In November, an articulate and sharp 10-year old girl burst into tears wondering how many more holiday seasons she had left with her parents. Ronyde Christina Ponthieux, born and raised in Fort Lauderdale, had just found out the Trump administration canceled the program allowing them to lawfully and productively work in the United States, threatening them with deportation to Haiti.
Without eloquence, and in a vulgar tirade, President Trump literally added insult to Christina’s emotional wound, when last week he referred to Haiti and the African nations as “shithole countries.” CNN also reported that Trump said to, “Send them all back.” In doing so, Trump revealed his true motivation for canceling TPS for Haitians and Central Americans: prejudice.
Therefore the most viable solution moving forward is strong legislation that protects Christina’s family. We ask for the support from our congressional delegation. Based on the few public details of the bipartisan agreement that six senators (three Democrats and three Republicans) presented to Trump, we know there is a legislative solution for 300,000 TPS holders, including those from Haiti and El Salvador. But we need the full and unconditional support of every single one of our legislators in Florida.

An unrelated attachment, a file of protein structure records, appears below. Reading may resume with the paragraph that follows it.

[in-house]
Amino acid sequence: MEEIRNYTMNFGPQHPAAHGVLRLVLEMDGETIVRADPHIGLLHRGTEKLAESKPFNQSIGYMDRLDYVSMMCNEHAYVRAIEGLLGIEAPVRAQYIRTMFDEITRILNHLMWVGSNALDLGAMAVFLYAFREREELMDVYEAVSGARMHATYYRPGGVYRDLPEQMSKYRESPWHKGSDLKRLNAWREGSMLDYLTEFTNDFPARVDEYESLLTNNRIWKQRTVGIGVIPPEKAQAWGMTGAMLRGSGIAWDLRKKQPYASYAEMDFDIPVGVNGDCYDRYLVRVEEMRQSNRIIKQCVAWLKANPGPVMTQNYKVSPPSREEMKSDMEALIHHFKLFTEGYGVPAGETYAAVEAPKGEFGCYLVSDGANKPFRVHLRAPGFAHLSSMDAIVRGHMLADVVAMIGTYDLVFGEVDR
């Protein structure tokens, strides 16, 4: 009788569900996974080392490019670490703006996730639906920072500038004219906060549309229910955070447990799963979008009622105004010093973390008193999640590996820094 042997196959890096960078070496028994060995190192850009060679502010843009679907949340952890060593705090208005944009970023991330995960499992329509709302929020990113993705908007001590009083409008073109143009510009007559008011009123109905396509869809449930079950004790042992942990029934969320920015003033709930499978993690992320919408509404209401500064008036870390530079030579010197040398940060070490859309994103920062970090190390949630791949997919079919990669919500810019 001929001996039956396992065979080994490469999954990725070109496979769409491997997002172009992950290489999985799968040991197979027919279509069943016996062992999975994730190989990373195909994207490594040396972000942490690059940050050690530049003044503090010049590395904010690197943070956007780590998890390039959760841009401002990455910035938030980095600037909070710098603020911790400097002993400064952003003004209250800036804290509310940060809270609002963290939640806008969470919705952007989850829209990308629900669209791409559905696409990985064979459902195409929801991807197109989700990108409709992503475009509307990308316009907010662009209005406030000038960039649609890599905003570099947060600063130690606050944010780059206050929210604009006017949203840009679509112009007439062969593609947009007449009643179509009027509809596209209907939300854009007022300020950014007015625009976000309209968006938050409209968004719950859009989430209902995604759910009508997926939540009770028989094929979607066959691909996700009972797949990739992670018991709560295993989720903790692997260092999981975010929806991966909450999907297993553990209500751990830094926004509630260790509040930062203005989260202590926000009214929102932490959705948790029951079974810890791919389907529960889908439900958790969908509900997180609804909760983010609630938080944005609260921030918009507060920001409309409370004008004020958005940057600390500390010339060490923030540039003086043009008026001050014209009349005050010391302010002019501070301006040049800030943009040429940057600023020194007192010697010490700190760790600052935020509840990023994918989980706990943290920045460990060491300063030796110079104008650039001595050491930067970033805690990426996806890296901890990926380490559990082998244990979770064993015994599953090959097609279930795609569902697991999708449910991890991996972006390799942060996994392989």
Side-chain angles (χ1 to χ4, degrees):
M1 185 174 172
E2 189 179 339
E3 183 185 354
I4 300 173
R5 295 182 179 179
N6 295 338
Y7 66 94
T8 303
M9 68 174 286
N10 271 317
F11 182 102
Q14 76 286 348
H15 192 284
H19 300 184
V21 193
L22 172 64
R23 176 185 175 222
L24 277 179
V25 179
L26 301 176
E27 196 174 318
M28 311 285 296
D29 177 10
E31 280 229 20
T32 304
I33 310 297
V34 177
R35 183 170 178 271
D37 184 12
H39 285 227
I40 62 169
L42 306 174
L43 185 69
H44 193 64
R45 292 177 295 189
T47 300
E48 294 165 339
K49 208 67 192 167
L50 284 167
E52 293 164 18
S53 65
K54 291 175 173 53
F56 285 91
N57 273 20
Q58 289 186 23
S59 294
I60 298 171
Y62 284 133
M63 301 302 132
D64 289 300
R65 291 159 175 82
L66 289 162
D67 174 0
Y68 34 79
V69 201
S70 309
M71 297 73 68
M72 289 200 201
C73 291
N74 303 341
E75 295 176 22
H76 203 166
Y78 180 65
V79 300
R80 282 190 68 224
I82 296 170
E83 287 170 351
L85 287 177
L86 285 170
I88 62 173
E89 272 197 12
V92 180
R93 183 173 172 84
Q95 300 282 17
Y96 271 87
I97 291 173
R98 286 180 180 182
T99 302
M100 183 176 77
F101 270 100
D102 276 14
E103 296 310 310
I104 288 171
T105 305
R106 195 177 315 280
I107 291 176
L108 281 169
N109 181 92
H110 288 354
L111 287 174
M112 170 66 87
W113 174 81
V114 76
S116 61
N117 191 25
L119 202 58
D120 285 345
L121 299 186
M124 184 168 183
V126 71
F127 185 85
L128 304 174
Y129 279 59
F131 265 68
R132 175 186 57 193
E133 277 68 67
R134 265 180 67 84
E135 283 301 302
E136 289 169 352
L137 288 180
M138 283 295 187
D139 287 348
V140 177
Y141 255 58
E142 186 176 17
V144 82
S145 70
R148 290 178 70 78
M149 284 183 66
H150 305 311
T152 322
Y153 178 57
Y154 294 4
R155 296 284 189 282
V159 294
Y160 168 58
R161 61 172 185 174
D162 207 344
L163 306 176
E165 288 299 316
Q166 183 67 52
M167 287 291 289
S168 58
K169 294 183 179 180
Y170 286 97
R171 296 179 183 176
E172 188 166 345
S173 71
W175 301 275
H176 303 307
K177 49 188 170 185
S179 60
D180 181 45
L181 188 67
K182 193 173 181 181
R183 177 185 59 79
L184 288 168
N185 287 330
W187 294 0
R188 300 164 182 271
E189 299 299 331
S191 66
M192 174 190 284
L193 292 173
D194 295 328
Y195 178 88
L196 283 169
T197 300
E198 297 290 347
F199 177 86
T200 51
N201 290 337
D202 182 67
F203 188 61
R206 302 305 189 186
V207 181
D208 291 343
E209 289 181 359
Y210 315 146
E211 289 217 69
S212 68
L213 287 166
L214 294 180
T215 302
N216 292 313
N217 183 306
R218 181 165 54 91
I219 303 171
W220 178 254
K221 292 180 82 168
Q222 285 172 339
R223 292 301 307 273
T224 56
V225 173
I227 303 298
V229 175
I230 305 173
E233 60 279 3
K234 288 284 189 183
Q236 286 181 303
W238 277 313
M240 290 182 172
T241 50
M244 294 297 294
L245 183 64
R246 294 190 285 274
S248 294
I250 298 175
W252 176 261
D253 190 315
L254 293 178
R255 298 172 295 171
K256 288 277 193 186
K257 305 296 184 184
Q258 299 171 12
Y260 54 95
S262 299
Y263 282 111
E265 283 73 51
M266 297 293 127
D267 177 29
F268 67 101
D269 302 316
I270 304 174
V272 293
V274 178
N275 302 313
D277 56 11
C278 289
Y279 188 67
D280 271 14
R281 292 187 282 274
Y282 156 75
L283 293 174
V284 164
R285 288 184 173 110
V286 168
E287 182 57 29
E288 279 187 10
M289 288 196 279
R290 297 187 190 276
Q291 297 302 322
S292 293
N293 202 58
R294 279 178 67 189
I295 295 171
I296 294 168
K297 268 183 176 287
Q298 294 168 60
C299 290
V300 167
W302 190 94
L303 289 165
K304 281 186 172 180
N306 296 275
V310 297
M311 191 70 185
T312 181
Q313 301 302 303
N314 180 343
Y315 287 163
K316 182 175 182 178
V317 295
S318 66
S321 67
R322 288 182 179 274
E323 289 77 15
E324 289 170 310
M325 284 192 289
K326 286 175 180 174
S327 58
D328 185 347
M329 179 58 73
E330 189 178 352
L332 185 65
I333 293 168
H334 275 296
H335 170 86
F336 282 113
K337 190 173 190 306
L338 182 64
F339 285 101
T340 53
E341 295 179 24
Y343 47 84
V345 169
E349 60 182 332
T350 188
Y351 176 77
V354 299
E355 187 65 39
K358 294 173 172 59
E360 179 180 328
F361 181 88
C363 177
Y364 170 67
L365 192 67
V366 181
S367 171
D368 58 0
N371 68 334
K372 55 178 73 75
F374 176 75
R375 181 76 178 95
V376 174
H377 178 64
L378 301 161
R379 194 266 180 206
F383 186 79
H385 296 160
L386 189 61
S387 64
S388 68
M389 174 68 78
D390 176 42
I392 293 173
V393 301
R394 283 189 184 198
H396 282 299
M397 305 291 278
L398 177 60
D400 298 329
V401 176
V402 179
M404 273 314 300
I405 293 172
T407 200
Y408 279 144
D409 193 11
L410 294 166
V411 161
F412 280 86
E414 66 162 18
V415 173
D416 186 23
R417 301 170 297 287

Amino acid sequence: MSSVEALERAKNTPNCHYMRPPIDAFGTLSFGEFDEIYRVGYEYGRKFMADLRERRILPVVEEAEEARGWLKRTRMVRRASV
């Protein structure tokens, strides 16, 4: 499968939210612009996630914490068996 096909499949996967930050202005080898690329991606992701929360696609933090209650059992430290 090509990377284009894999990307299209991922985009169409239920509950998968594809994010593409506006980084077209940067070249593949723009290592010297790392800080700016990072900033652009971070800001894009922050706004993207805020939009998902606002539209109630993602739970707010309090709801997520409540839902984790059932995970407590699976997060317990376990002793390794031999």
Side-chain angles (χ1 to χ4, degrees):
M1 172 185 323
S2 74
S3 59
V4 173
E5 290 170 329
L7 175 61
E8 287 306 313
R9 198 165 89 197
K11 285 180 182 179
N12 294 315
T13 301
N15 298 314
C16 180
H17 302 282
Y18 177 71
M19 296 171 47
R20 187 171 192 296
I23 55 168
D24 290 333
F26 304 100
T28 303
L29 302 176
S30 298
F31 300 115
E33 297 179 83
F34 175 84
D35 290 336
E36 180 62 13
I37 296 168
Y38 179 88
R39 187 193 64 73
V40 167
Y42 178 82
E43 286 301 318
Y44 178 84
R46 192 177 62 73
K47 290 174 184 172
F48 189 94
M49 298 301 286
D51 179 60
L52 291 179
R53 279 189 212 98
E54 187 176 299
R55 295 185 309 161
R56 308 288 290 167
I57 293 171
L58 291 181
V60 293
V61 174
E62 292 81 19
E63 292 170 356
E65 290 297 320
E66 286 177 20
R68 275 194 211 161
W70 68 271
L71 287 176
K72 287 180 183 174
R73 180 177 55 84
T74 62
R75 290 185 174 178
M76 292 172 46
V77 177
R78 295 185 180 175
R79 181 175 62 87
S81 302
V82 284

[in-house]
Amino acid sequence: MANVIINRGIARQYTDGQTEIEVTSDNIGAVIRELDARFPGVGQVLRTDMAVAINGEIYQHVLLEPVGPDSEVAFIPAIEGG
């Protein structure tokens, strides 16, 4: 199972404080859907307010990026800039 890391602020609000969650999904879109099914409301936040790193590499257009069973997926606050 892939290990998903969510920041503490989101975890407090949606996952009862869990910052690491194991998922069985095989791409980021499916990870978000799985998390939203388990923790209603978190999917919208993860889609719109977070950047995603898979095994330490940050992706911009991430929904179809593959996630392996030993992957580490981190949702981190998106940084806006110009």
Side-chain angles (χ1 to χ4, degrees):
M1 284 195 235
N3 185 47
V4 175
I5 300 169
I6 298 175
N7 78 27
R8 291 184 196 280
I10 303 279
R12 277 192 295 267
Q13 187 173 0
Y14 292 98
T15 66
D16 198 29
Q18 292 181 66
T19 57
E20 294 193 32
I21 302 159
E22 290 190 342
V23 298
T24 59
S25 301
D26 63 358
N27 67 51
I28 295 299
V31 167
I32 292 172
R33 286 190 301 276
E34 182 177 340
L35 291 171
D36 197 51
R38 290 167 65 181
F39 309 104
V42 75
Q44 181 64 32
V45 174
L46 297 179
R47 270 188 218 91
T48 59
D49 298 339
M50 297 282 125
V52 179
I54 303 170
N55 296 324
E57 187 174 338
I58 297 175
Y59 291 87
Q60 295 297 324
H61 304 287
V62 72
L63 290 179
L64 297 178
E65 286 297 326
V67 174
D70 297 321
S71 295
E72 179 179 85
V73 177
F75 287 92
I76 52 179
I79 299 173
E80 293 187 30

Conspicuously absent is Sen. Marco Rubio. We respectfully ask him to help advance the bipartisan agreement. His voice would give legislation a much-needed shot in the arm. Aside from helping prevent a local tragedy for tens of thousands of children, he would also contribute to the region’s stability. Rubio has made a name for himself in the foreign policy arena, and this issue spans both his home state and his regional area of expertise.
Premium content for only $0.99
For the most comprehensive local coverage, subscribe today.
Rubio needs to decide if he stands with constituents like Christina — or with a resident whose policy is driven by vulgarity and racism.
Haitian Women of Miami, Miami